A goodbye (to the Code)

The government is now in a state of “purdah”, (the period of time immediately before elections or referendums when specific restrictions on the activity of civil servants are in place). Just before that happened however, a whirlwind of last minute announcements were made affecting the construction industry in a March 2015 Planning update . This post goes through the main points…

The planning update may of course be subject to change or review after the election, depending on which colour of government comes into being then, but the following sets out some of the key issues covered by the outgoing coalition:

“Local planning authorities and qualifying bodies preparing neighbourhood plans should not set in their emerging Local Plans, neighbourhood plans, or supplementary planning documents, any additional local technical standards or requirements relating to the construction, internal layout or performance of new dwellings. This includes any policy requiring any level of the Code for Sustainable Homes to be achieved by new development; the government has now withdrawn the code, aside from the management of legacy cases.”

The outgoing government maintained their committment to implementing the zero carbon homes standard in 2016 and in addition to the future strengthening of minimum on-site energy performance requirements, introduced in the Infrastructure Act 2015, the powers needed to enable off-site carbon abatement measures (Allowable Solutions) to contribute to achieving the zero carbon standard.

However in recognition of the challenge for home builders and in particular smaller home builders, they announced that there will be an exemption for small housing sites of 10 units or fewer, which is now confirmed as an exemption from the allowable solutions element of the zero carbon homes target.

This means that all new homes will be required to meet the strengthened on-site energy performance standard but those building on small sites will not be required to support any further off-site carbon abatement measures. Measures will be made to try to ensure that this exemption is not abused.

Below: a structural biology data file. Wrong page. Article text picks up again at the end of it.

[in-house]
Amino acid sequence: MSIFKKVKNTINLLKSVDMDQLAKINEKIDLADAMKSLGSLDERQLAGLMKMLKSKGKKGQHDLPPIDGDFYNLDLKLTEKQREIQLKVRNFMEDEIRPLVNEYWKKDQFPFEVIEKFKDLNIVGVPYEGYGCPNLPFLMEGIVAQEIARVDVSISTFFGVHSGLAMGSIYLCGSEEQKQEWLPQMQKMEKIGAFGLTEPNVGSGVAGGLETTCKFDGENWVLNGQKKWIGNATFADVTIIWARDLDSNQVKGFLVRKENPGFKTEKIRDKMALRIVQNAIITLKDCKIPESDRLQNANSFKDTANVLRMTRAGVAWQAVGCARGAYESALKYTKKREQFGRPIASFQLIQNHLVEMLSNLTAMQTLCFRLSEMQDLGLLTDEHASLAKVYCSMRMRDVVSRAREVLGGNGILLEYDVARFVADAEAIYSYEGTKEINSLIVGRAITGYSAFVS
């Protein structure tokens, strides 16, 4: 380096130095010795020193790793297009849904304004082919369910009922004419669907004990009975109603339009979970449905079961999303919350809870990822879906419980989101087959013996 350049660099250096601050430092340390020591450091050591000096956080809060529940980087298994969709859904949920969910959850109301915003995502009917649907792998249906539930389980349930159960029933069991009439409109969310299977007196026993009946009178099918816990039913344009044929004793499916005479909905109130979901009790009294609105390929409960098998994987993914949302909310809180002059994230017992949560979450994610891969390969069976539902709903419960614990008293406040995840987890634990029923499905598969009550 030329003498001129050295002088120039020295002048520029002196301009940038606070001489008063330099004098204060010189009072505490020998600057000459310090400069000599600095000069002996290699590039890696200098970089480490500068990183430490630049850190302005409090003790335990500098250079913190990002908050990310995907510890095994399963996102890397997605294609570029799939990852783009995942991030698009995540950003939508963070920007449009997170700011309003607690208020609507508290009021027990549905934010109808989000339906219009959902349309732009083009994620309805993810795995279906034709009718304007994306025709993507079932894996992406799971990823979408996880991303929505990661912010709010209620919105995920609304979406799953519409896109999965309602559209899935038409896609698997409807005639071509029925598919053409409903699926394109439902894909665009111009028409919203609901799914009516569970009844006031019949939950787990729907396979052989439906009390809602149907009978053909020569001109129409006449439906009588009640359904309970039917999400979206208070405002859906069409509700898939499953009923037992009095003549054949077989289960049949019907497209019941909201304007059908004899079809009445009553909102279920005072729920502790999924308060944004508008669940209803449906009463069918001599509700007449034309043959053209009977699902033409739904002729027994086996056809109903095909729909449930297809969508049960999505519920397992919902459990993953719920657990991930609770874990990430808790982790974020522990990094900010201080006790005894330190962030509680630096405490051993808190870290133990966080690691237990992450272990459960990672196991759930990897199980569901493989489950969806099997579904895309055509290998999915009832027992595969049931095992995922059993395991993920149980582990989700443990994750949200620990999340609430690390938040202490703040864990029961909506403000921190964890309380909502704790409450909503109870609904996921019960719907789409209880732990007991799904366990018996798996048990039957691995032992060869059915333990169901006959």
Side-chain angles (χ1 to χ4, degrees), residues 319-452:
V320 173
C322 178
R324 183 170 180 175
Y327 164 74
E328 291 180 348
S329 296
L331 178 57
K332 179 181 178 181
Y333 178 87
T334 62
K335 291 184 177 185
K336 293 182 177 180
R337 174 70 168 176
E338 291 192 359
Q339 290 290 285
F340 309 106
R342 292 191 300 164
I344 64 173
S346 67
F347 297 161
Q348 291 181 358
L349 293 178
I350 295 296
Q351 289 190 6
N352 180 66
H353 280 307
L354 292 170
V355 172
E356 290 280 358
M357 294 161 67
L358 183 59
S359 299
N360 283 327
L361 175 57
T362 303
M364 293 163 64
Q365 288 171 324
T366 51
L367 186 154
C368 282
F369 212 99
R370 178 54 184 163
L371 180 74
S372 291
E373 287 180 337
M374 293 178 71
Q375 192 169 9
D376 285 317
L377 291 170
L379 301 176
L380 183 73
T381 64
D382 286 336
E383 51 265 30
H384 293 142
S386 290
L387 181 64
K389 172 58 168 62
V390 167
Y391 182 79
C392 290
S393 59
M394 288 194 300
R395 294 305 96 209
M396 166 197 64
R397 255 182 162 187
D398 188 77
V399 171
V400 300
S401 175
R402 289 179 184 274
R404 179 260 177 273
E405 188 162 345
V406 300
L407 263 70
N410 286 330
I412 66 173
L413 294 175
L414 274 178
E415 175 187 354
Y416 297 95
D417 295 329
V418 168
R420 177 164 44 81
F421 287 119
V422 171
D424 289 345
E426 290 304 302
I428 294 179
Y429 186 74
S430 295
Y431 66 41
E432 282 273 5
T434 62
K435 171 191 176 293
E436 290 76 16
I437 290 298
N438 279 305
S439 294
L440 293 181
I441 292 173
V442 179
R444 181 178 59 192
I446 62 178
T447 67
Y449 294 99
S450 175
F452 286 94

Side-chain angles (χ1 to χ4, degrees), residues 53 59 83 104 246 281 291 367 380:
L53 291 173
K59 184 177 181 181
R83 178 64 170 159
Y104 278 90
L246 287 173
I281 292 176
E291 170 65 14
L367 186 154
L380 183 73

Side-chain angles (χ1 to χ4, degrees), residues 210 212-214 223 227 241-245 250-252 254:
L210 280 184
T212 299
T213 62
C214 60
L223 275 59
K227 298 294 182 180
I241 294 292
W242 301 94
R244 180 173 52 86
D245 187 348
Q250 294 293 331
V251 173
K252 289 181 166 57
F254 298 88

For energy performance, local planning authorities will continue to be able to set and apply policies in their Local Plans which require compliance with energy performance standards that exceed the energy requirements of Building Regulations until the introduction of the zero carbon homes policy in late 2016.

The government has stated that, from then, the energy performance requirements in Building Regulations (for new dwellings) will be set at a level equivalent to the (outgoing) Code for Sustainable Homes Level 4.

“Until the amendment is commenced, we would expect local planning authorities to take this statement of the government’s intention into account in applying existing policies and not set conditions with requirements above a Code level 4 equivalent.”

So basically, please don’t set local targets beyond a 19% improvement level over Part L1A 2013 between now and the introduction of the 2016 regulations.

As discussed in a previous post, with the Code being phased out, there is a real concern of a slip towards minimum compliance that doesn’t meet the needs of our growing population, which is why we support the introduction of the new Home Quality Mark, launched at Ecobuild in March 2015, which will give householders the ability to make more informed choices over their financial outgoings, health and wellbeing, and their impact on the environment.

You may also be interested in the series of roadshows on the new Home Quality Mark in April.

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About

Jon Ducker is a qualified energy assessor working for Kingspan Insulation Ltd. He has an extensive knowledge of energy efficiency, renewable energy systems and sustainability in buildings with an expert knowledge of the relevant sections of buildings regulations and standards and their interactions with SAP. He provides authoritative advice regarding energy assessments for a wide range of public and private sector clients.

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